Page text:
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The Limitless World of Design {Be Your Own Designer Edition }

Color, Color and MORE Color!

Do It Yoursel f 10 tips for designing your own home

Table of Contents Design Thesis 2 Letter From the Editor 3 Elements of Design 4 Line 5 Texture 9 Light 13 Space 16 Shape 18 Form 21 Color 24

Principles of Design 30 Balance 31 Rhythm 34 Harmony 39 Emphasis 44 Massing 46 Proportion 48 Scale 51 10 Tips For Designing Your Own Home 54

Why does design have to be so expensive?

In order to have a well-designed room, you don’t always have to pay a high-scale designer. Simple tips can help you create a well-balanced room without outside help. This issue will show you many tips and tricks to creating the high-class design feel without hiring a designer.

About the Editor My name is Shaunna Campbell. I am not a interior design major, but I have always been interested in the field. In high school I even considered going to school for interior design, but I am not very good at art. I am also not that creative, but I decided that this year I would take interior design as an elective to pursue my ongoing interests. I was born and raised in Boston and have always had a thing for the city. The complexity of the tall buildings along with the simplicity of the structure has always amazed me. I pride myself on trying to make things simple, so that is what I wanted to focus this issue on.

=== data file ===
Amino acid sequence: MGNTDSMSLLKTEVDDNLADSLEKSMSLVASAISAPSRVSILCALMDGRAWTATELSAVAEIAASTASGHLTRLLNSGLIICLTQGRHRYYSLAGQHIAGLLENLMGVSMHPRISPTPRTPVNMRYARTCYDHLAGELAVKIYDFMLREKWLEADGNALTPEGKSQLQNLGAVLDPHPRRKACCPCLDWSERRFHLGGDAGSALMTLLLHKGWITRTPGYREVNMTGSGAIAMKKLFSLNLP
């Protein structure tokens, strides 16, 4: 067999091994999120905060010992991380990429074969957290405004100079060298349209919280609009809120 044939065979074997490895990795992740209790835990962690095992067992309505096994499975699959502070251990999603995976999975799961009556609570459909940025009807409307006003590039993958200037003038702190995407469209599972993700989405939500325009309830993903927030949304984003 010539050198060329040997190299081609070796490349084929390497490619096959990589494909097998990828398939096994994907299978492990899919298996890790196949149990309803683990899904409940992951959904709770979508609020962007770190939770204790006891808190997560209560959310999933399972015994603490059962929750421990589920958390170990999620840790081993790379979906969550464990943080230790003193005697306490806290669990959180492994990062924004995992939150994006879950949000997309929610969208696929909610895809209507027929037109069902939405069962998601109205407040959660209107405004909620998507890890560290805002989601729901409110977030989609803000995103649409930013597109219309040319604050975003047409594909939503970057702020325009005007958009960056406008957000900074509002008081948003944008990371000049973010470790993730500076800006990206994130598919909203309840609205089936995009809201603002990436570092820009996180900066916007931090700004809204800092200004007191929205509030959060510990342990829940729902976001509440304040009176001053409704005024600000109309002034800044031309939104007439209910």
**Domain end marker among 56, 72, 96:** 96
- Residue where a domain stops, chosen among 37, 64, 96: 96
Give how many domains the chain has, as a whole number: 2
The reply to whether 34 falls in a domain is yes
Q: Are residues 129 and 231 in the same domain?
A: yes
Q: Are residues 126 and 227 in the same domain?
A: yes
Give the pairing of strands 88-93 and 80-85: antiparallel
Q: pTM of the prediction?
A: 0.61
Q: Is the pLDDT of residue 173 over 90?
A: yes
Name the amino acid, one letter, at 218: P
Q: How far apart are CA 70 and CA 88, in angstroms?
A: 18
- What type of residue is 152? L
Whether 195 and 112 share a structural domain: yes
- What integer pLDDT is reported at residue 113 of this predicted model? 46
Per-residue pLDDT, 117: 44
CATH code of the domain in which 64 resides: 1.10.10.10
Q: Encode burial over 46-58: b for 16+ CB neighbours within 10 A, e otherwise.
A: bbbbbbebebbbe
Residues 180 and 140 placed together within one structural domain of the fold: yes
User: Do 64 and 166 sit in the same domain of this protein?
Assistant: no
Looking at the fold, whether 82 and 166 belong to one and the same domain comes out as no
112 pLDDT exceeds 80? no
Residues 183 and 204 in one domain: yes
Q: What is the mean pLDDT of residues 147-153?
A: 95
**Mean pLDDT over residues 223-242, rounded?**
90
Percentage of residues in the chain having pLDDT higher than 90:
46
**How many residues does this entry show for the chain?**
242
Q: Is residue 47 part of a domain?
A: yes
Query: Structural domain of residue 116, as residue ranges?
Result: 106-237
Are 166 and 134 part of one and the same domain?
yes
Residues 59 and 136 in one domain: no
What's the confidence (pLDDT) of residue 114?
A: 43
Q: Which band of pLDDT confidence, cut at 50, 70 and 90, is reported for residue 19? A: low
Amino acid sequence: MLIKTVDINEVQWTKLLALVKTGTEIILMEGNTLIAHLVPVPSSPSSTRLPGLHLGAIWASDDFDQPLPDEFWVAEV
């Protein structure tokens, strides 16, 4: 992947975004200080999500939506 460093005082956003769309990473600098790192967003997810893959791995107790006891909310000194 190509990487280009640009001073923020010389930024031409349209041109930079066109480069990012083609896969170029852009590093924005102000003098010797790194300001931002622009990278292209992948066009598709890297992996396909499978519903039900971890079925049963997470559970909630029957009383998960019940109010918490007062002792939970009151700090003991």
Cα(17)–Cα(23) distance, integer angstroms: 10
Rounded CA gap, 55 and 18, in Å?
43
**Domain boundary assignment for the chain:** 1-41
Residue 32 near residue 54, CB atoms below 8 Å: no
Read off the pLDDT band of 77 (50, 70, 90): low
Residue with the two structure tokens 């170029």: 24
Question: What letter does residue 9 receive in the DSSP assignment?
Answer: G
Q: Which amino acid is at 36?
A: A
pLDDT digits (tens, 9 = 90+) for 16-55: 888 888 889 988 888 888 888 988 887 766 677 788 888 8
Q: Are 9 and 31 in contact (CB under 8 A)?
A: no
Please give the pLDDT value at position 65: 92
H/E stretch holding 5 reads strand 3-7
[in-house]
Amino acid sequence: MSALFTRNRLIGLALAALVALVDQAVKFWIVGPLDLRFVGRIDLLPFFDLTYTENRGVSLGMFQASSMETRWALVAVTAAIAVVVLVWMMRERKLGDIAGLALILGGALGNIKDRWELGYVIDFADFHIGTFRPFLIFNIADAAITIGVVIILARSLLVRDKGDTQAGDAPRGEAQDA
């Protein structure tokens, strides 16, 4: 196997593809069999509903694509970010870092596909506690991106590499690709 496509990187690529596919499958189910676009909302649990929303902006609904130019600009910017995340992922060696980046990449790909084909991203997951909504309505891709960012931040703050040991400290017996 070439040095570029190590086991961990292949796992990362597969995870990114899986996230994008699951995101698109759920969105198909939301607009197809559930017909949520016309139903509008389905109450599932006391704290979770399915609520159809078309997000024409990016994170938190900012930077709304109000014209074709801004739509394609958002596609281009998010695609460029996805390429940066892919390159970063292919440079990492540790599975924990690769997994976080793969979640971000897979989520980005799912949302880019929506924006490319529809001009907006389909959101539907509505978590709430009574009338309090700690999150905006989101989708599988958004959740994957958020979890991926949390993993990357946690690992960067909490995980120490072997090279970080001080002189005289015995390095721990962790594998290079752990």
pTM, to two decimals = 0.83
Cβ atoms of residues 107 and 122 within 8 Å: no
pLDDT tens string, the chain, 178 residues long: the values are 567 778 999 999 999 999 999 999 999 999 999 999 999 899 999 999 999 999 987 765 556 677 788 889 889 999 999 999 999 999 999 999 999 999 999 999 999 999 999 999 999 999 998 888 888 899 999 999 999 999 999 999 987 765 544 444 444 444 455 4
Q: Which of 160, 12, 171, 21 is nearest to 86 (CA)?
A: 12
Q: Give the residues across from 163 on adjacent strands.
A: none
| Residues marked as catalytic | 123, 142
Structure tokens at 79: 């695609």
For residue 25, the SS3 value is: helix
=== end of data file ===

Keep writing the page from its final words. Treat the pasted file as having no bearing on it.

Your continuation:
Elements of Design


Types of Lines

∗ Vertical: provide a feeling of height, strength and dignity; often seen in columns on the exterior of buildings ∗ Horizontal: create a feeling of solidity and also provide strength; often seen in bookshelves and low furniture ∗ Diagonal: provide a feeling of action and movement; evident in slanted ceilings and staircases ∗ Curved: graceful and delicate effect; found in arches


In the picture above the lines and the mirror not only contribute to the overall effect of the room, but it also gives the illusion that the room is almost twice the size it actually is. The great aspect about using line design to make things seem spacious is the cost! Inserting different types of line based furniture and decorations cost a lot less than extending a room into a larger space.